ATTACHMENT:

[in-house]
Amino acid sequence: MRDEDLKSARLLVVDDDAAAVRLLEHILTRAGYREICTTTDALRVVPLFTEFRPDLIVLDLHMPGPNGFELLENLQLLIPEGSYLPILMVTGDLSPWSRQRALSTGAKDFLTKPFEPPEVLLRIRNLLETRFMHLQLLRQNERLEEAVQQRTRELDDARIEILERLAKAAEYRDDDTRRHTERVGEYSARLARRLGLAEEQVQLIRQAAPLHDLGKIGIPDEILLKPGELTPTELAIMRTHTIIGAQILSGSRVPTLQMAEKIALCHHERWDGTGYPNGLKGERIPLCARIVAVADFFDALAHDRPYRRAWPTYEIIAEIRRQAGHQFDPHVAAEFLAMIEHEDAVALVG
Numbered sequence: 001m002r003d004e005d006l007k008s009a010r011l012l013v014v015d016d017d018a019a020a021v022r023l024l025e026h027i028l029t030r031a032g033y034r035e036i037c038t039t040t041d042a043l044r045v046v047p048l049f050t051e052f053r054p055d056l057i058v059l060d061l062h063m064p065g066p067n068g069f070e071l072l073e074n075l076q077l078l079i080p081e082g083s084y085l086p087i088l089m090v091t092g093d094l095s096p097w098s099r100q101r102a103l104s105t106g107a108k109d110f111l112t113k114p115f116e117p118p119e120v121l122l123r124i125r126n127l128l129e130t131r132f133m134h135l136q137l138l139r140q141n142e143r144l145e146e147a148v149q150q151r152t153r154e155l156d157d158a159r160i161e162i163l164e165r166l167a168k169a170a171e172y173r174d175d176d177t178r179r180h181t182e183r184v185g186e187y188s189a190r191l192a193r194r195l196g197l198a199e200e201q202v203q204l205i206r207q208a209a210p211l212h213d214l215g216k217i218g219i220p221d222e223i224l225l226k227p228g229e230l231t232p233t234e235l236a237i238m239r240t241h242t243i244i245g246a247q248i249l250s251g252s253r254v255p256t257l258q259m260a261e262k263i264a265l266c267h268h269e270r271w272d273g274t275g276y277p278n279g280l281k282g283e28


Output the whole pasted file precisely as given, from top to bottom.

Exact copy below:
[in-house]
Amino acid sequence: MRDEDLKSARLLVVDDDAAAVRLLEHILTRAGYREICTTTDALRVVPLFTEFRPDLIVLDLHMPGPNGFELLENLQLLIPEGSYLPILMVTGDLSPWSRQRALSTGAKDFLTKPFEPPEVLLRIRNLLETRFMHLQLLRQNERLEEAVQQRTRELDDARIEILERLAKAAEYRDDDTRRHTERVGEYSARLARRLGLAEEQVQLIRQAAPLHDLGKIGIPDEILLKPGELTPTELAIMRTHTIIGAQILSGSRVPTLQMAEKIALCHHERWDGTGYPNGLKGERIPLCARIVAVADFFDALAHDRPYRRAWPTYEIIAEIRRQAGHQFDPHVAAEFLAMIEHEDAVALVG
Numbered sequence: 001m002r003d004e005d006l007k008s009a010r011l012l013v014v015d016d017d018a019a020a021v022r023l024l025e026h027i028l029t030r031a032g033y034r035e036i037c038t039t040t041d042a043l044r045v046v047p048l049f050t051e052f053r054p055d056l057i058v059l060d061l062h063m064p065g066p067n068g069f070e071l072l073e074n075l076q077l078l079i080p081e082g083s084y085l086p087i088l089m090v091t092g093d094l095s096p097w098s099r100q101r102a103l104s105t106g107a108k109d110f111l112t113k114p115f116e117p118p119e120v121l122l123r124i125r126n127l128l129e130t131r132f133m134h135l136q137l138l139r140q141n142e143r144l145e146e147a148v149q150q151r152t153r154e155l156d157d158a159r160i161e162i163l164e165r166l167a168k169a170a171e172y173r174d175d176d177t178r179r180h181t182e183r184v185g186e187y188s189a190r191l192a193r194r195l196g197l198a199e200e201q202v203q204l205i206r207q208a209a210p211l212h213d214l215g216k217i218g219i220p221d222e223i224l225l226k227p228g229e230l231t232p233t234e235l236a237i238m239r240t241h242t243i244i245g246a247q248i249l250s251g252s253r254v255p256t257l258q259m260a261e262k263i264a265l266c267h268h269e270r271w272d273g274t275g276y277p278n279g280l281k282g283e28